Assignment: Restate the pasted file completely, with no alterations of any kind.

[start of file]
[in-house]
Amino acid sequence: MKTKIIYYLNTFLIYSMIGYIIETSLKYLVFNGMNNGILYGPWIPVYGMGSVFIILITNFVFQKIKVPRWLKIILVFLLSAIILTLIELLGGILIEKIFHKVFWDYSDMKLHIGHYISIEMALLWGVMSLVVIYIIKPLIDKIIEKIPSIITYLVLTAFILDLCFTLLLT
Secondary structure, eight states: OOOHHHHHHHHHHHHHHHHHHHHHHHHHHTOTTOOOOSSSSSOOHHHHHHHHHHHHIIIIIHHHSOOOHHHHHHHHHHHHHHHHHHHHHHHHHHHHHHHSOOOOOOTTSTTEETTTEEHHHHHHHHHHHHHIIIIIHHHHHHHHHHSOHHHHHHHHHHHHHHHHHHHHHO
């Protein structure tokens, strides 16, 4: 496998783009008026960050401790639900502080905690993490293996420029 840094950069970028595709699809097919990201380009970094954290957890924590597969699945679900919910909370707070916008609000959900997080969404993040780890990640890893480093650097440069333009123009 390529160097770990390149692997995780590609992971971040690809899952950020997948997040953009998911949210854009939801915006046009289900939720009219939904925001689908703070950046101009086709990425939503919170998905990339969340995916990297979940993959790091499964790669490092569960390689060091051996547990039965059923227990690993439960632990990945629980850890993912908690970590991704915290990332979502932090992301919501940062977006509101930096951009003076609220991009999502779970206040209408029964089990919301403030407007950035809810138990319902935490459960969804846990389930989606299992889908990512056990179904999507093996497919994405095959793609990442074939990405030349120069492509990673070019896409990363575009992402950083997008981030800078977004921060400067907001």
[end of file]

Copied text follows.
[in-house]
Amino acid sequence: MKTKIIYYLNTFLIYSMIGYIIETSLKYLVFNGMNNGILYGPWIPVYGMGSVFIILITNFVFQKIKVPRWLKIILVFLLSAIILTLIELLGGILIEKIFHKVFWDYSDMKLHIGHYISIEMALLWGVMSLVVIYIIKPLIDKIIEKIPSIITYLVLTAFILDLCFTLLLT
Secondary structure, eight states: OOOHHHHHHHHHHHHHHHHHHHHHHHHHHTOTTOOOOSSSSSOOHHHHHHHHHHHHIIIIIHHHSOOOHHHHHHHHHHHHHHHHHHHHHHHHHHHHHHHSOOOOOOTTSTTEETTTEEHHHHHHHHHHHHHIIIIIHHHHHHHHHHSOHHHHHHHHHHHHHHHHHHHHHO
């Protein structure tokens, strides 16, 4: 496998783009008026960050401790639900502080905690993490293996420029 840094950069970028595709699809097919990201380009970094954290957890924590597969699945679900919910909370707070916008609000959900997080969404993040780890990640890893480093650097440069333009123009 390529160097770990390149692997995780590609992971971040690809899952950020997948997040953009998911949210854009939801915006046009289900939720009219939904925001689908703070950046101009086709990425939503919170998905990339969340995916990297979940993959790091499964790669490092569960390689060091051996547990039965059923227990690993439960632990990945629980850890993912908690970590991704915290990332979502932090992301919501940062977006509101930096951009003076609220991009999502779970206040209408029964089990919301403030407007950035809810138990319902935490459960969804846990389930989606299992889908990512056990179904999507093996497919994405095959793609990442074939990405030349120069492509990673070019896409990363575009992402950083997008981030800078977004921060400067907001």